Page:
Category Archives: new frontiers

What do deactivations in neuroimaging mean?

By now, we’re all familiar with the colourful spots and blobs associated with brain imaging. The assumption is often that areas which ‘light up’ are increasingly activated – and are, as such, implicitly more ‘important’ – in the task under … Continue reading

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The aversive brain

The ability to detect and respond appropriately to aversive things or events in our environment is essential for all organisms, from fruit flies to humans. Although much is known about aversive responding at the psychological level (e.g. displays of fear, … Continue reading

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Human Brain Mapping (HBM) 2011

Human Brain Mapping in Quebec City was an excellent, if not slightly overwhelming, conference which brought together the often discrepant worlds of neuroscience, psychology, psychiatry, physics, engineering, mathematics, and computer science. (Did I miss anyone?) For a first-timer – and … Continue reading

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Canadian College of Neuropsychopharmacology conference 2011

The Canadian College of Neuropsychopharmacology (CCNP) is the premier college in Canada for expert knowledge on the pharmacology of brain function. This year’s conference was held in la belle ville de Montréal. Though recent years had a much greater attendance … Continue reading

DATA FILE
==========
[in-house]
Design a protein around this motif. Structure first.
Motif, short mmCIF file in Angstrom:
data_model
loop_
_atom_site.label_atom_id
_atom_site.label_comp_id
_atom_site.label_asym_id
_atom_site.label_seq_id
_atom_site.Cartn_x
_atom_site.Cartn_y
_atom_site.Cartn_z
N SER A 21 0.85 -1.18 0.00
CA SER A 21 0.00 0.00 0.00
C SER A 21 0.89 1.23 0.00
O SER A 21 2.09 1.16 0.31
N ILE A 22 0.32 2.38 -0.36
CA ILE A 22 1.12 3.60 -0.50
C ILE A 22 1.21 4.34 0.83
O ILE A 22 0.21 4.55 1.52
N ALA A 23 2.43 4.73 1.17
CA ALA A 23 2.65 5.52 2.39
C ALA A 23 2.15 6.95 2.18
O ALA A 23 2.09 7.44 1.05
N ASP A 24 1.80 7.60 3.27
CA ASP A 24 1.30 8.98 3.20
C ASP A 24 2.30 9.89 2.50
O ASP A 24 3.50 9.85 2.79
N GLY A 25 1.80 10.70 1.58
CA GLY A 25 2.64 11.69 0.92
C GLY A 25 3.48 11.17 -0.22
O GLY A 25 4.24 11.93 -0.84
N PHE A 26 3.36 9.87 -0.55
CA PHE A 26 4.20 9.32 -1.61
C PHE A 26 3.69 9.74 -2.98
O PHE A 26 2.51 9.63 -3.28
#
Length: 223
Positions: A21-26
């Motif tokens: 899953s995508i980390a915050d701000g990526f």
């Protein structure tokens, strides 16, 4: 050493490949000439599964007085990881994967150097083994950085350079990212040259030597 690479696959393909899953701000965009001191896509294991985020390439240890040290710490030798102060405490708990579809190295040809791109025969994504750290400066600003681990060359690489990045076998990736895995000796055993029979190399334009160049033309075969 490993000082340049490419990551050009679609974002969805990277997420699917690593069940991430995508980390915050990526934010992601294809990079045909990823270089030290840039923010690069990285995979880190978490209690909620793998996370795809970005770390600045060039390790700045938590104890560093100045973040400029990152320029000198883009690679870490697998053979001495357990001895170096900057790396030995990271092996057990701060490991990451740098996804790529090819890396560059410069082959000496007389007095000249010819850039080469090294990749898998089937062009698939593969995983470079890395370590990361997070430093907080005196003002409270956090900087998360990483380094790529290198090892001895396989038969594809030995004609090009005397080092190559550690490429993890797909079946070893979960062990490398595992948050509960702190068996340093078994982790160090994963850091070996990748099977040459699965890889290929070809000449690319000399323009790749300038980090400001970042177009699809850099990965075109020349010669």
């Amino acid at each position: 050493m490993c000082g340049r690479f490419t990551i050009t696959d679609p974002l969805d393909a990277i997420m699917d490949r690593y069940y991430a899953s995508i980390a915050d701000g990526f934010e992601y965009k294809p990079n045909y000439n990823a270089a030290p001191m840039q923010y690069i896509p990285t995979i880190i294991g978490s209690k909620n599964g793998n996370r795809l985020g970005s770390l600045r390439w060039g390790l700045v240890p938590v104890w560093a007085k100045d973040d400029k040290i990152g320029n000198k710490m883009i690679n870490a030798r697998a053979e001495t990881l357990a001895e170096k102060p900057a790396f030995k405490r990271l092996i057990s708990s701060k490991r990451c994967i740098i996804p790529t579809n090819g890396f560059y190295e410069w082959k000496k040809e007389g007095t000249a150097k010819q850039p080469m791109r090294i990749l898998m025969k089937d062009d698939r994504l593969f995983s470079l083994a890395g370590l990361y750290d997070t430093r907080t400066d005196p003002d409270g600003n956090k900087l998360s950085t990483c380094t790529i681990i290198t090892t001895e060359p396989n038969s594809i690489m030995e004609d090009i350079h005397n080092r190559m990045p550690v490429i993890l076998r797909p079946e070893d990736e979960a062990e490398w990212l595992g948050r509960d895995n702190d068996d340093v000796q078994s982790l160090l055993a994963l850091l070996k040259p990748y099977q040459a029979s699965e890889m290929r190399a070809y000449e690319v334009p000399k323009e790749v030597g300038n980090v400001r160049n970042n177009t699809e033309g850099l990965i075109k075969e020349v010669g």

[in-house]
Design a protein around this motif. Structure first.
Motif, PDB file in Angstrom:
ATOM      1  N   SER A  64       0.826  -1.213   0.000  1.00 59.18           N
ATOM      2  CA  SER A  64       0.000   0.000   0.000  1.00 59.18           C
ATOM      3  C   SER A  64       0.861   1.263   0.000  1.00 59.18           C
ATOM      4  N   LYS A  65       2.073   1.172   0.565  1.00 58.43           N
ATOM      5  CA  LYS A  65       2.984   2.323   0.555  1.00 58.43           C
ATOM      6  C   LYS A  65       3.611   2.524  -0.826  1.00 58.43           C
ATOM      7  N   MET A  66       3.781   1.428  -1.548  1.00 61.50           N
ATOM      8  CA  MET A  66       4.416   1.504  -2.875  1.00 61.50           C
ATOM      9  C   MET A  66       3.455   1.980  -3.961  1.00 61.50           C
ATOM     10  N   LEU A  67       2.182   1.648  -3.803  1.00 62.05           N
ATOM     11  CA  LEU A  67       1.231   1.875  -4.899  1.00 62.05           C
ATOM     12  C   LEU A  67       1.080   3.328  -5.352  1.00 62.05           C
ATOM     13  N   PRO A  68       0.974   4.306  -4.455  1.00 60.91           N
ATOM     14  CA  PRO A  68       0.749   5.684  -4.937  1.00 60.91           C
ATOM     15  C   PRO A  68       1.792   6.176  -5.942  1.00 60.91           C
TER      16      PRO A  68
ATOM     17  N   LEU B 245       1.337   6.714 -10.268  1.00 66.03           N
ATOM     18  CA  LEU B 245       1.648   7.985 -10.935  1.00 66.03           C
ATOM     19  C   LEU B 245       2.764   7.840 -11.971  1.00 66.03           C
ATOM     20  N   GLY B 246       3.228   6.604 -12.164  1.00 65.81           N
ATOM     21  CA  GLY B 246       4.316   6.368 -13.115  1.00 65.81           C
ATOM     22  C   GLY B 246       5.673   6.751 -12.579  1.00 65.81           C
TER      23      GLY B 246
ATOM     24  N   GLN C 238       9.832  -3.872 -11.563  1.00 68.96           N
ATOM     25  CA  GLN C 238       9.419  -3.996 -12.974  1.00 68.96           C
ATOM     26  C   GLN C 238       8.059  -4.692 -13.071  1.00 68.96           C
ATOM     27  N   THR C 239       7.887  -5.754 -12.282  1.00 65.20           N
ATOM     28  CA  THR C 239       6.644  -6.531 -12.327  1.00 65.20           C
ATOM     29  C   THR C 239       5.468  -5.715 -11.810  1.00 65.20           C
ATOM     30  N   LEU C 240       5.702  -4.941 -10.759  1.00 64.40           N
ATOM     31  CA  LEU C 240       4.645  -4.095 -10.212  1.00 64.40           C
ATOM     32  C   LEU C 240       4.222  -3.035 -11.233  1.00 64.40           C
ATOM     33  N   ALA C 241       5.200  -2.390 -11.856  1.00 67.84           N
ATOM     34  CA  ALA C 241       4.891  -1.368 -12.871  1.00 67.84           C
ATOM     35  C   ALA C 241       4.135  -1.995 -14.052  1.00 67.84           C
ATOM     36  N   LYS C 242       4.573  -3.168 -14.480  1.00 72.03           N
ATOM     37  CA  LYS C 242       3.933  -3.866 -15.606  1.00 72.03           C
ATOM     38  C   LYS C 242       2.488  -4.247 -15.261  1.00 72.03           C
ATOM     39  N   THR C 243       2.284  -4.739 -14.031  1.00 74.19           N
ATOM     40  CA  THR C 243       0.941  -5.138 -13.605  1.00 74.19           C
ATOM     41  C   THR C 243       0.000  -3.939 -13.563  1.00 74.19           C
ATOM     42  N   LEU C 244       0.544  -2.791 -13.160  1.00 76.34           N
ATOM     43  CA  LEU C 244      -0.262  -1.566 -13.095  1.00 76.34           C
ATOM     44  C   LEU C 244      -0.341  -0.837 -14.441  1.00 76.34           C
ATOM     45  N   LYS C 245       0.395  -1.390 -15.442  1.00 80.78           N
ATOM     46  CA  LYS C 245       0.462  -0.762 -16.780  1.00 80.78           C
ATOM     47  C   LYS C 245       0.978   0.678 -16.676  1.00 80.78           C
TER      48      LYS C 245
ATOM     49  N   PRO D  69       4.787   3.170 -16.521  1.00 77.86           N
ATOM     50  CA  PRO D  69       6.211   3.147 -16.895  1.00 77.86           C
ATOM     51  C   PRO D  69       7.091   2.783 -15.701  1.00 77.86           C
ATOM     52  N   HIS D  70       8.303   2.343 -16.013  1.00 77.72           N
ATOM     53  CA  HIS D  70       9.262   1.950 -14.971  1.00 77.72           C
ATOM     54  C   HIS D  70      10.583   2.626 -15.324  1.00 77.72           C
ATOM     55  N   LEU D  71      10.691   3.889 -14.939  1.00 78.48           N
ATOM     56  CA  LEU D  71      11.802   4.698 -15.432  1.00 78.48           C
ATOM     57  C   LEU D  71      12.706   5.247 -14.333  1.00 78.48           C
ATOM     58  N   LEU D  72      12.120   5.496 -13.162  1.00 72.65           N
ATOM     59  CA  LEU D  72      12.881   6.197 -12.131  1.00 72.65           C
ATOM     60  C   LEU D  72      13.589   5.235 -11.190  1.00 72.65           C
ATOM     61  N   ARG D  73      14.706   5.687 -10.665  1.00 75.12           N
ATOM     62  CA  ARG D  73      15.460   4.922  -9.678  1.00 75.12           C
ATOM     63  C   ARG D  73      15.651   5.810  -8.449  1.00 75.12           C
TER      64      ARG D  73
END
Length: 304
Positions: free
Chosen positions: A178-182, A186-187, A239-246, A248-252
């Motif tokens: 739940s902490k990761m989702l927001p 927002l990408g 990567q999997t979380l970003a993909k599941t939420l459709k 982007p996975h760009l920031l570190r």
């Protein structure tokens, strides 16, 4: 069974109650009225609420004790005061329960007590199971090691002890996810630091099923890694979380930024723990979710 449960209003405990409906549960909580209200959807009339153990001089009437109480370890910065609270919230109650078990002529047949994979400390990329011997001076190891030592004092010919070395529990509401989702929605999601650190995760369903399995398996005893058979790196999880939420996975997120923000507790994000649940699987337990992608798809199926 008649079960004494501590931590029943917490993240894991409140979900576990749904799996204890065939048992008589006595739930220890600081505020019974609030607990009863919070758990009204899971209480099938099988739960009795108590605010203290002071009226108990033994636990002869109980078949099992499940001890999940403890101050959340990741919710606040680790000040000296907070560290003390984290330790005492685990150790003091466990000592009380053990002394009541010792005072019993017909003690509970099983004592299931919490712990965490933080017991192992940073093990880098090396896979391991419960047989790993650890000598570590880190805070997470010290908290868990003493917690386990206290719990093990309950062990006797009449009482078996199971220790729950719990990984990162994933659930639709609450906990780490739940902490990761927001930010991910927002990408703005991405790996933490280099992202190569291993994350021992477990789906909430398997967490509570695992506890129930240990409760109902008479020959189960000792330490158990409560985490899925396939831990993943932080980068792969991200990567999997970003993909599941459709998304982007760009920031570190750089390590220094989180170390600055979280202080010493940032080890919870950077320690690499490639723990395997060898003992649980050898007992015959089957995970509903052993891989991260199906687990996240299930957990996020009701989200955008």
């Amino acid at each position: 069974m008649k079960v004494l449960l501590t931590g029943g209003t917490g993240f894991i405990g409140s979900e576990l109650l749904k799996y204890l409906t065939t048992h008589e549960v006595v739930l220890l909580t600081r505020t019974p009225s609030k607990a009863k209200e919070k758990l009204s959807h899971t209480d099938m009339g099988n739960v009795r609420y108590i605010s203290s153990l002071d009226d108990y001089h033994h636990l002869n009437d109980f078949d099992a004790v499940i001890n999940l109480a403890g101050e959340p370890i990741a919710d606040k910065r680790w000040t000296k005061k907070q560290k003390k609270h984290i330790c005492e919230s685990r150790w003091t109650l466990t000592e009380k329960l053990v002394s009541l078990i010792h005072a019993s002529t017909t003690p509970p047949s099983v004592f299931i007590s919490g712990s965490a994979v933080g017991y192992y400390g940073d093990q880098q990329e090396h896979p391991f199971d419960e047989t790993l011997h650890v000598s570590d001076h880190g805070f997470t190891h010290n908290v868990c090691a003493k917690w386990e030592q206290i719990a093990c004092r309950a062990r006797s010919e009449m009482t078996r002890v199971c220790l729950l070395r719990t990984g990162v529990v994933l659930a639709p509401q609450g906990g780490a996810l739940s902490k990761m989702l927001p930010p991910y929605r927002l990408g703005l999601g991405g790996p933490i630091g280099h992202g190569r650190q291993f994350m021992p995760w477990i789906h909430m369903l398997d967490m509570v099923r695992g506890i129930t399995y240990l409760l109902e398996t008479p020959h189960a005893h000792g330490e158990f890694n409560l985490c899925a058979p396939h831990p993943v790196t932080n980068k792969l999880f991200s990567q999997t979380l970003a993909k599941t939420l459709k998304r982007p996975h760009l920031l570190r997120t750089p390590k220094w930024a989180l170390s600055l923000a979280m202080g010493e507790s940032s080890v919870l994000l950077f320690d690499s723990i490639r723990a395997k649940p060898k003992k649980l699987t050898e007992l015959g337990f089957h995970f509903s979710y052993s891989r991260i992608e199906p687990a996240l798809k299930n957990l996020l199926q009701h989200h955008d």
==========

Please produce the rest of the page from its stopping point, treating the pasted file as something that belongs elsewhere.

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Serotonin & reward

In an article entitled “5-HT receptors and reward-related behaviour: A review”, Andrew Greenshaw and I discuss the involvement of the many different serotonin receptors in reward. While dopamine has largely become synonymous with reward, in both the professional literature as … Continue reading

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Is our self nothing but reward?

In a new article entitled “Is our self nothing but reward?“, Georg Northoff and I discuss the potential relationship between reward and self. We explore these notoriously challenging concepts in an attempt to suggest ways in which brain researchers from … Continue reading

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Brains never rest

Whilst part of what we perceive comes through our senses from the object before us, another part (and it may be the larger part) always comes out of our own head. When William James, the preeminent psychologist and philosopher, wrote … Continue reading

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